Articles | Volume 14, issue 9
Research article 16 Sep 2020
Research article | 16 Sep 2020
Modelling regional glacier length changes over the last millennium using the Open Global Glacier Model
David Parkes and Hugues Goosse
No articles found.
Koffi Worou, Hugues Goosse, Thierry Fichefet, and Fred Kucharski
Earth Syst. Dynam. Discuss.,
Preprint under review for ESDShort summary
Over the Guinea Coast, the increased rainfall associated with warm phases of the Atlantic Niño is reasonably well simulated by 24 climate models out of 31, for the present-day conditions. In a warmer climate, general circulation models project a gradual decrease with time of the rainfall magnitude associated with the Atlantic Niño for the 2015–2039, 2040–2069 and 2070–2099 periods. There is a higher confidence in these changes over the equatorial Atlantic than over the Guinea Coast.
Nicolas Ghilain, Stéphane Vannitsem, Quentin Dalaiden, Hugues Goosse, Lesley De Cruz, and Wenguang Wei
Earth Syst. Sci. Data Discuss.,
Preprint under review for ESSDShort summary
Modelling the climate at high resolution is crucial to represent the snowfall accumulation over the complex orography of Antarctic coast. While ice cores provide a view constrained spatially but over centuries, climate models can give insight into its spatial distribution, either at high resolution on a short period, or conversely. Here, we downscaled snowfall accumulation from climate model historical simulations (1850–present day) over Dronning Maud Land at 5.5 km using a statistical method.
Hugues Goosse, Quentin Dalaiden, Marie G. P. Cavitte, and Liping Zhang
Clim. Past, 17, 111–131,Short summary
Polynyas are ice-free oceanic areas within the sea ice pack. Small polynyas are regularly observed in the Southern Ocean, but large open-ocean polynyas have been rare over the past decades. Using records from available ice cores in Antarctica, we reconstruct past polynya activity and confirm that those events have also been rare over the past centuries, but the information provided by existing data is not sufficient to precisely characterize the timing of past polynya opening.
Marie G. P. Cavitte, Quentin Dalaiden, Hugues Goosse, Jan T. M. Lenaerts, and Elizabeth R. Thomas
The Cryosphere, 14, 4083–4102,Short summary
Surface mass balance (SMB) and surface air temperature (SAT) are correlated at the regional scale for most of Antarctica, SMB and δ18O. Areas with low/no correlation are where wind processes (foehn, katabatic wind warming, and erosion) are sufficiently active to overwhelm the synoptic-scale snow accumulation. Measured in ice cores, the link between SMB, SAT, and δ18O is much weaker. Random noise can be removed by core record averaging but local processes perturb the correlation systematically.
Zhiqiang Lyu, Anais J. Orsi, and Hugues Goosse
Clim. Past, 16, 1411–1428,Short summary
This paper uses two different ways to perform model–data comparisons for the borehole temperature in Antarctica. The results suggest most models generally reproduce the long-term cooling in West Antarctica from 1000 to 1600 CE and the recent 50 years of warming in West Antarctica and Antarctic Peninsula. However, The 19th-century cooling in the Antarctic Peninsula (−0.94 °C) is not reproduced by any of the models, which tend to show warming instead.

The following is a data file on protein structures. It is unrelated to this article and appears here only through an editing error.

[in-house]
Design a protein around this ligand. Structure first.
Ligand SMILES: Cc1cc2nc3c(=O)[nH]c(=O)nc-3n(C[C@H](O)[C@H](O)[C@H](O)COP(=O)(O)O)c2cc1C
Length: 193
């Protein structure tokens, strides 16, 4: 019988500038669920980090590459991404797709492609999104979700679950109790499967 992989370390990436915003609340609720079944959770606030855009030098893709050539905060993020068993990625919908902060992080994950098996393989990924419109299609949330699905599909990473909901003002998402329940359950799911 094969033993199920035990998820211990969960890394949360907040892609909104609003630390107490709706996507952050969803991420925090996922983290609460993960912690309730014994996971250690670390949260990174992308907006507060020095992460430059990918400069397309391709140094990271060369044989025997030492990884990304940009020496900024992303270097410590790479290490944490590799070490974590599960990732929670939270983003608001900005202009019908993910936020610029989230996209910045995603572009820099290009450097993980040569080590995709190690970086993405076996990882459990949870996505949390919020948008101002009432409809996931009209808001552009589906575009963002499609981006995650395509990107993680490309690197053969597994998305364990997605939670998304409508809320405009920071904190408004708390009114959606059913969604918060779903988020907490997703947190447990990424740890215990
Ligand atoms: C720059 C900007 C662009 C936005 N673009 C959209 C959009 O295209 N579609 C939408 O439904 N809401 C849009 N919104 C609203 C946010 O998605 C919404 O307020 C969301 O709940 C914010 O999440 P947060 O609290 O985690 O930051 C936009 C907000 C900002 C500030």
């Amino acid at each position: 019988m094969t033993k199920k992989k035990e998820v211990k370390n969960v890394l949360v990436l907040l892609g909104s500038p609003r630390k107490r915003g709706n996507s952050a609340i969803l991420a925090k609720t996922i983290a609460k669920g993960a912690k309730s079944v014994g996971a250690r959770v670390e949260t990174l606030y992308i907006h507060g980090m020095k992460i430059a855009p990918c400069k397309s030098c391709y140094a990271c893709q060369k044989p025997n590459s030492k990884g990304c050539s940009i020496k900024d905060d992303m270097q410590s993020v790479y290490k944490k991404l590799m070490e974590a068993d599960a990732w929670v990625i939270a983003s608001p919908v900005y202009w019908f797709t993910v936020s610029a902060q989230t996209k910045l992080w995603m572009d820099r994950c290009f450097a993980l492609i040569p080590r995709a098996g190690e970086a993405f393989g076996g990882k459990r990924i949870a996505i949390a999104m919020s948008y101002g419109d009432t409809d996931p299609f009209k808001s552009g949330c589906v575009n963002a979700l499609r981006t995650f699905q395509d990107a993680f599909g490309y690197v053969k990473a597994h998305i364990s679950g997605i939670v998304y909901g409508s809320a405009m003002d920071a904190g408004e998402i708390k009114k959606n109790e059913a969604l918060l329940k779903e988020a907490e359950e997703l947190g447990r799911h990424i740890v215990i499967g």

Jeanne Rezsöhazy, Hugues Goosse, Joël Guiot, Fabio Gennaretti, Etienne Boucher, Frédéric André, and Mathieu Jonard
Clim. Past, 16, 1043–1059,Short summary
Tree rings are the main data source for climate reconstructions over the last millennium. Statistical tree-growth models have limitations that process-based models could overcome. Here, we investigate the possibility of using a process-based ecophysiological model (MAIDEN) as a complex proxy system model for palaeoclimate applications. We show its ability to simulate tree-growth index time series that can fit robustly tree-ring width observations under certain conditions.
Quentin Dalaiden, Hugues Goosse, François Klein, Jan T. M. Lenaerts, Max Holloway, Louise Sime, and Elizabeth R. Thomas
The Cryosphere, 14, 1187–1207,Short summary
Large uncertainties remain in Antarctic surface temperature reconstructions over the last millennium. Here, the analysis of climate model outputs reveals that snow accumulation is a more relevant proxy for surface temperature reconstructions than δ18O. We use this finding in data assimilation experiments to compare to observed surface temperatures. We show that our continental temperature reconstruction outperforms reconstructions based on δ18O, especially for East Antarctica.
Louis de Wergifosse, Frédéric André, Nicolas Beudez, François de Coligny, Hugues Goosse, François Jonard, Quentin Ponette, Hugues Titeux, Caroline Vincke, and Mathieu Jonard
Geosci. Model Dev., 13, 1459–1498,Short summary
Given their key role in the simulation of climate impacts on tree growth, phenological and water balance processes must be integrated in models simulating forest dynamics under a changing environment. Here, we describe these processes integrated in HETEROFOR, a model accounting simultaneously for the functional, structural and spatial complexity to explore the forest response to forestry practices. The model evaluation using phenological and soil water content observations is quite promising.
François Klein, Nerilie J. Abram, Mark A. J. Curran, Hugues Goosse, Sentia Goursaud, Valérie Masson-Delmotte, Andrew Moy, Raphael Neukom, Anaïs Orsi, Jesper Sjolte, Nathan Steiger, Barbara Stenni, and Martin Werner
Clim. Past, 15, 661–684,Short summary
Antarctic temperature changes over the past millennia have been reconstructed from isotope records in ice cores in several studies. However, the link between both variables is complex. Here, we investigate the extent to which this affects the robustness of temperature reconstructions using pseudoproxy and data assimilation experiments. We show that the reconstruction skill is limited, especially at the regional scale, due to a weak and nonstationary covariance between δ18O and temperature.